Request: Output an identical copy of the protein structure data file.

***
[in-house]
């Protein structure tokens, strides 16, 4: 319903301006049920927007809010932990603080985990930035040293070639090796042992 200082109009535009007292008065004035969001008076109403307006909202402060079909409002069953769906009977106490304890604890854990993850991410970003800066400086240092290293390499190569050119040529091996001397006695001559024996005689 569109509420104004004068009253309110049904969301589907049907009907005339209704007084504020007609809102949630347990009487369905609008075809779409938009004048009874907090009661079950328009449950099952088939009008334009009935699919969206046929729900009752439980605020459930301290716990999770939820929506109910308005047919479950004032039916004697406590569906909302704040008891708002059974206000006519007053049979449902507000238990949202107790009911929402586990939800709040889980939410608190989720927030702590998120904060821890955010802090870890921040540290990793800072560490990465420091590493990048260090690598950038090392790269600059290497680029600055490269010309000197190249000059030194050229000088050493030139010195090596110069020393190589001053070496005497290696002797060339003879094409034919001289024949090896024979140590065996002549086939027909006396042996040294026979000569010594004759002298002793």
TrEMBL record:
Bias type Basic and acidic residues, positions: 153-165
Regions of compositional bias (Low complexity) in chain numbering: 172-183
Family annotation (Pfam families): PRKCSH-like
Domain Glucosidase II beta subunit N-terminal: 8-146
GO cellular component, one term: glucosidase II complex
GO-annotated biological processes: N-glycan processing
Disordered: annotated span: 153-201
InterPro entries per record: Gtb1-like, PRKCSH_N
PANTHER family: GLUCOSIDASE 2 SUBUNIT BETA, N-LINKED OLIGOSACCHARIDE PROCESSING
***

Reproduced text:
[in-house]
């Protein structure tokens, strides 16, 4: 319903301006049920927007809010932990603080985990930035040293070639090796042992 200082109009535009007292008065004035969001008076109403307006909202402060079909409002069953769906009977106490304890604890854990993850991410970003800066400086240092290293390499190569050119040529091996001397006695001559024996005689 569109509420104004004068009253309110049904969301589907049907009907005339209704007084504020007609809102949630347990009487369905609008075809779409938009004048009874907090009661079950328009449950099952088939009008334009009935699919969206046929729900009752439980605020459930301290716990999770939820929506109910308005047919479950004032039916004697406590569906909302704040008891708002059974206000006519007053049979449902507000238990949202107790009911929402586990939800709040889980939410608190989720927030702590998120904060821890955010802090870890921040540290990793800072560490990465420091590493990048260090690598950038090392790269600059290497680029600055490269010309000197190249000059030194050229000088050493030139010195090596110069020393190589001053070496005497290696002797060339003879094409034919001289024949090896024979140590065996002549086939027909006396042996040294026979000569010594004759002298002793």
TrEMBL record:
Bias type Basic and acidic residues, positions: 153-165
Regions of compositional bias (Low complexity) in chain numbering: 172-183
Family annotation (Pfam families): PRKCSH-like
Domain Glucosidase II beta subunit N-terminal: 8-146
GO cellular component, one term: glucosidase II complex
GO-annotated biological processes: N-glycan processing
Disordered: annotated span: 153-201
InterPro entries per record: Gtb1-like, PRKCSH_N
PANTHER family: GLUCOSIDASE 2 SUBUNIT BETA, N-LINKED OLIGOSACCHARIDE PROCESSING